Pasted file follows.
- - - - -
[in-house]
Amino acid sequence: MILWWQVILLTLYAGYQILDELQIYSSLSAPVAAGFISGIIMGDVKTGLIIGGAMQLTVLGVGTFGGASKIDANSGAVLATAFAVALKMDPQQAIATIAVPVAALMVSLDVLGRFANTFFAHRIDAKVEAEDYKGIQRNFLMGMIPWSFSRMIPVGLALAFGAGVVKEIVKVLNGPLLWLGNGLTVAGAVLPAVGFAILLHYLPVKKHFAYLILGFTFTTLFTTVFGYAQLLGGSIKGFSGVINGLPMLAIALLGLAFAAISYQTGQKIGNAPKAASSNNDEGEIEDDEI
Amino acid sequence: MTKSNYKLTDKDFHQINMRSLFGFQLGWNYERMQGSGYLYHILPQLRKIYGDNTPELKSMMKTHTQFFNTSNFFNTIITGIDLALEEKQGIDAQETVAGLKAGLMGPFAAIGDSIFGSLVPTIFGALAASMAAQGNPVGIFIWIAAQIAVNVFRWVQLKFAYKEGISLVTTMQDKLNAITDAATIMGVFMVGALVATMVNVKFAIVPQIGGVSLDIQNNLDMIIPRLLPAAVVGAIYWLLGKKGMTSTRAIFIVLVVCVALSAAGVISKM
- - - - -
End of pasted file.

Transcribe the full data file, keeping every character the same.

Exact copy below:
[in-house]
Amino acid sequence: MILWWQVILLTLYAGYQILDELQIYSSLSAPVAAGFISGIIMGDVKTGLIIGGAMQLTVLGVGTFGGASKIDANSGAVLATAFAVALKMDPQQAIATIAVPVAALMVSLDVLGRFANTFFAHRIDAKVEAEDYKGIQRNFLMGMIPWSFSRMIPVGLALAFGAGVVKEIVKVLNGPLLWLGNGLTVAGAVLPAVGFAILLHYLPVKKHFAYLILGFTFTTLFTTVFGYAQLLGGSIKGFSGVINGLPMLAIALLGLAFAAISYQTGQKIGNAPKAASSNNDEGEIEDDEI
Amino acid sequence: MTKSNYKLTDKDFHQINMRSLFGFQLGWNYERMQGSGYLYHILPQLRKIYGDNTPELKSMMKTHTQFFNTSNFFNTIITGIDLALEEKQGIDAQETVAGLKAGLMGPFAAIGDSIFGSLVPTIFGALAASMAAQGNPVGIFIWIAAQIAVNVFRWVQLKFAYKEGISLVTTMQDKLNAITDAATIMGVFMVGALVATMVNVKFAIVPQIGGVSLDIQNNLDMIIPRLLPAAVVGAIYWLLGKKGMTSTRAIFIVLVVCVALSAAGVISKM